Welcome to my first “Science Answers” post! About a month ago, I sent out a post requesting science questions from all of you; you can find it here. This post addresses the first of the questions I was asked. If you have a question, you can ask it in the comments here or on that post, or ask it in an email. Or find me on Facebook!
And by the way…I do apologize for getting this post out so late. But here you are.
Q: What is magnetism? And what’s the difference between electromagnetism and the “magnetism” found in minerals? (asked by Simon)
So…let’s start with something most of us are familiar with.
Can I just say, I’ve never seen a fridge with so many magnets?
Usually, the magnets in our lives serve practical purposes. In your typical household, these fridge magnets would be used to hold up notes, photos, recipes, etc. that you’d want to display in your kitchen.
(Of course, magnet collecting is a perfectly reasonable hobby, if the sheer variety on this fridge is any indication.)
Magnets are something we take for granted. But they are even more a part of our lives than we realize.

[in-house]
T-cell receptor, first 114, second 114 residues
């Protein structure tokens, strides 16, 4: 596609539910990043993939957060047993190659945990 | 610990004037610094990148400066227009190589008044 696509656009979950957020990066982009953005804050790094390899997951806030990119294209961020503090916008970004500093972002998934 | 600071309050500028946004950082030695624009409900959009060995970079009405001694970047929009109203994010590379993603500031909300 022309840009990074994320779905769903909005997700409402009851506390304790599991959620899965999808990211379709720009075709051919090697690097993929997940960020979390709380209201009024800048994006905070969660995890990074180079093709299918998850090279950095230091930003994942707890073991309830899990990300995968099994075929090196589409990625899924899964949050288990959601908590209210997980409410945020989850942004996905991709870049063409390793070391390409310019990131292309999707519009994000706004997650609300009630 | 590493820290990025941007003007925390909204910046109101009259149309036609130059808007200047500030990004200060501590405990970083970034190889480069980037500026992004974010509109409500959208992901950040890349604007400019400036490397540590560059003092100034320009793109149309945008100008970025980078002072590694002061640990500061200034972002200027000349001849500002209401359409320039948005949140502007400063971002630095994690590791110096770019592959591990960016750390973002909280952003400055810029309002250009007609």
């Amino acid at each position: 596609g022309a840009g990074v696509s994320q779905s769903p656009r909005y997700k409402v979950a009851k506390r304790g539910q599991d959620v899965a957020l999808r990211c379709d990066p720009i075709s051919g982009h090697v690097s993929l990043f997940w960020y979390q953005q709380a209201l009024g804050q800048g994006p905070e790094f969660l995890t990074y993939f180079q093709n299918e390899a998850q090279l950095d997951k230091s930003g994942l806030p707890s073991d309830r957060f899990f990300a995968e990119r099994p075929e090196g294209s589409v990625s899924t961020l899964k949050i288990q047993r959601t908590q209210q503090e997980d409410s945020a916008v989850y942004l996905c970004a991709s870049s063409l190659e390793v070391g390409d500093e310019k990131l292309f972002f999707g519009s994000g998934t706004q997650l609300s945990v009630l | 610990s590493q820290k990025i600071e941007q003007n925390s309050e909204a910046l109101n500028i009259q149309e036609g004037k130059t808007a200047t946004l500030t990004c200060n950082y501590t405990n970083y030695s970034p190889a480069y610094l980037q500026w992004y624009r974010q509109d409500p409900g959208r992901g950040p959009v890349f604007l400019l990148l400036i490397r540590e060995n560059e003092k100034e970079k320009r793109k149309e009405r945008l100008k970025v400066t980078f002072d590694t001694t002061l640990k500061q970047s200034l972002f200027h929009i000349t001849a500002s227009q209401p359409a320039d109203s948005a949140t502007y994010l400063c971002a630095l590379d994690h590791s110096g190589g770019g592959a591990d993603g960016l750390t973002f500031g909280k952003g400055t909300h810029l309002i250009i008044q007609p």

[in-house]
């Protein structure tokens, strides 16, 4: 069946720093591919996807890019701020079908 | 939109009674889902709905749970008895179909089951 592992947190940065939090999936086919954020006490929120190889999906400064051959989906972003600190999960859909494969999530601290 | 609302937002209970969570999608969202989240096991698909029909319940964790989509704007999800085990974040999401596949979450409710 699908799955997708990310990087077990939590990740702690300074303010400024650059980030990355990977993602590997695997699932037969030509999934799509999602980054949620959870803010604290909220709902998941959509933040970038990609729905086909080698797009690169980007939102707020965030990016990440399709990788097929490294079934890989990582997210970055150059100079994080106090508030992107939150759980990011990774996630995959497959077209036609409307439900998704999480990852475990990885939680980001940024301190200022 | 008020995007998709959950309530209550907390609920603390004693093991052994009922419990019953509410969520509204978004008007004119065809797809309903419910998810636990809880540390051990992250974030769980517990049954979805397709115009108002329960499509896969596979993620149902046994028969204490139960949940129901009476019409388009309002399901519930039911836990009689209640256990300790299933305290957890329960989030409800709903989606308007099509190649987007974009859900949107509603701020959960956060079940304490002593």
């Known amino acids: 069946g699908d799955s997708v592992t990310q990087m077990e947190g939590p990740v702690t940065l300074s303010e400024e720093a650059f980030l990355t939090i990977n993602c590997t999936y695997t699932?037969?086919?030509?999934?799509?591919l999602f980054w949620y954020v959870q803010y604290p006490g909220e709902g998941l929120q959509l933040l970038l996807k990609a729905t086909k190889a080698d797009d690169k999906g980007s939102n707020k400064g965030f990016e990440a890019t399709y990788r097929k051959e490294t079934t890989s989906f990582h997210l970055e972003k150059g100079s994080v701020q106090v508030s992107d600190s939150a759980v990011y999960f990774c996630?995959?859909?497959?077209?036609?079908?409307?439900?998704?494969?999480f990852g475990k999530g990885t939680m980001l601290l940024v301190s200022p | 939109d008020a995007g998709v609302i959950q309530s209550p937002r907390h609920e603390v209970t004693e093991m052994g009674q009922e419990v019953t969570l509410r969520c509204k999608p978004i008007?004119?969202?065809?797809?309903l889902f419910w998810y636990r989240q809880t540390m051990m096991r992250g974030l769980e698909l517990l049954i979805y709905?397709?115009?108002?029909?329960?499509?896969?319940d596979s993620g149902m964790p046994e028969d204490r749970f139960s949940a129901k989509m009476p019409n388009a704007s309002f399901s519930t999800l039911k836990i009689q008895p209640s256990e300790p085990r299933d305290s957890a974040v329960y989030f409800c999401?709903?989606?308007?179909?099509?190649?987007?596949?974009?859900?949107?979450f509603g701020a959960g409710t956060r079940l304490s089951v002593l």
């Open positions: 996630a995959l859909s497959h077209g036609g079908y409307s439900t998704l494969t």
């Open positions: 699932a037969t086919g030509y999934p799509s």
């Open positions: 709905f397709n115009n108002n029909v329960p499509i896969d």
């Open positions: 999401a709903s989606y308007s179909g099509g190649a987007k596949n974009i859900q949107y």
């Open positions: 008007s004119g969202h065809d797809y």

How many of you use an electric toothbrush?
Or mow your lawn?
Or use a computer? Or make toast for breakfast? Or store frozen food in your freezer? Or cook food in the oven? Or ring a doorbell? Or…turn on a light?
Wait, wait, wait. Just hold up a second. Aren’t we confusing magnetism with…electricity?
Nope. They’re not actually all that different.
Electricity is created anytime a magnetic field changes.
Now what the heck does that even mean?
Well, if you can get a magnetic field to fluctuate, then you’ll generate electricity.
But…what do I mean by a “magnetic field”?
Ever seen something like this?
If you’ve ever sprinkled iron filings onto a piece of paper and held it over a bar magnet like the one drawn above, you’ve seen something like the image on the left—the iron filings will line themselves up with the magnetic field produced by the bar magnet.
And that leads us into the difference between electromagnetism and the “magnetism” found in minerals…but I’ll get to that in a second.
(One thing, though. I put “magnetism” in quotes because there’s a misconception here…minerals are not magnetic, they are attracted to magnets. So yes, there’s a difference between electromagnetism, or any magnetism for that matter, and the attraction to magnets, exemplified by minerals. Which is what makes this such a good question.)